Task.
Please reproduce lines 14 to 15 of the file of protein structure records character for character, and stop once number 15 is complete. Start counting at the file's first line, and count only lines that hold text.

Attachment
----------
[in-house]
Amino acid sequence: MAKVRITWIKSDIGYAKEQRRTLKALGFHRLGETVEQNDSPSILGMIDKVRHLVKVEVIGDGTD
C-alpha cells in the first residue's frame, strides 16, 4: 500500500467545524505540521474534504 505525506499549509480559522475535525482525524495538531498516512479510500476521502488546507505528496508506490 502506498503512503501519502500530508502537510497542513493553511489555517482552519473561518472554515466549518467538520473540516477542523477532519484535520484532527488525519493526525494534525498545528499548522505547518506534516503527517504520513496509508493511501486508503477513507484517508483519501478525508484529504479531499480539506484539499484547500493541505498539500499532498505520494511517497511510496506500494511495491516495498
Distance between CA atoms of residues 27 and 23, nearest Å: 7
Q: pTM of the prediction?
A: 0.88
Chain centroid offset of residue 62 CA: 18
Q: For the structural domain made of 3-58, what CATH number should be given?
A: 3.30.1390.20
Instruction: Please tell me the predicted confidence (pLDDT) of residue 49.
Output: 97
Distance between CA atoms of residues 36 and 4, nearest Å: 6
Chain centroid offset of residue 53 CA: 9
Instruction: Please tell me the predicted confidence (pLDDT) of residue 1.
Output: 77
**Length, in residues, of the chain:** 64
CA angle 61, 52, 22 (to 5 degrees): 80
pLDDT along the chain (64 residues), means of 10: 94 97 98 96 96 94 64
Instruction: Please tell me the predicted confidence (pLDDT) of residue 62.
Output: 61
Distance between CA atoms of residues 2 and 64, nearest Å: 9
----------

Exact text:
Instruction: Please tell me the predicted confidence (pLDDT) of residue 1.
Output: 77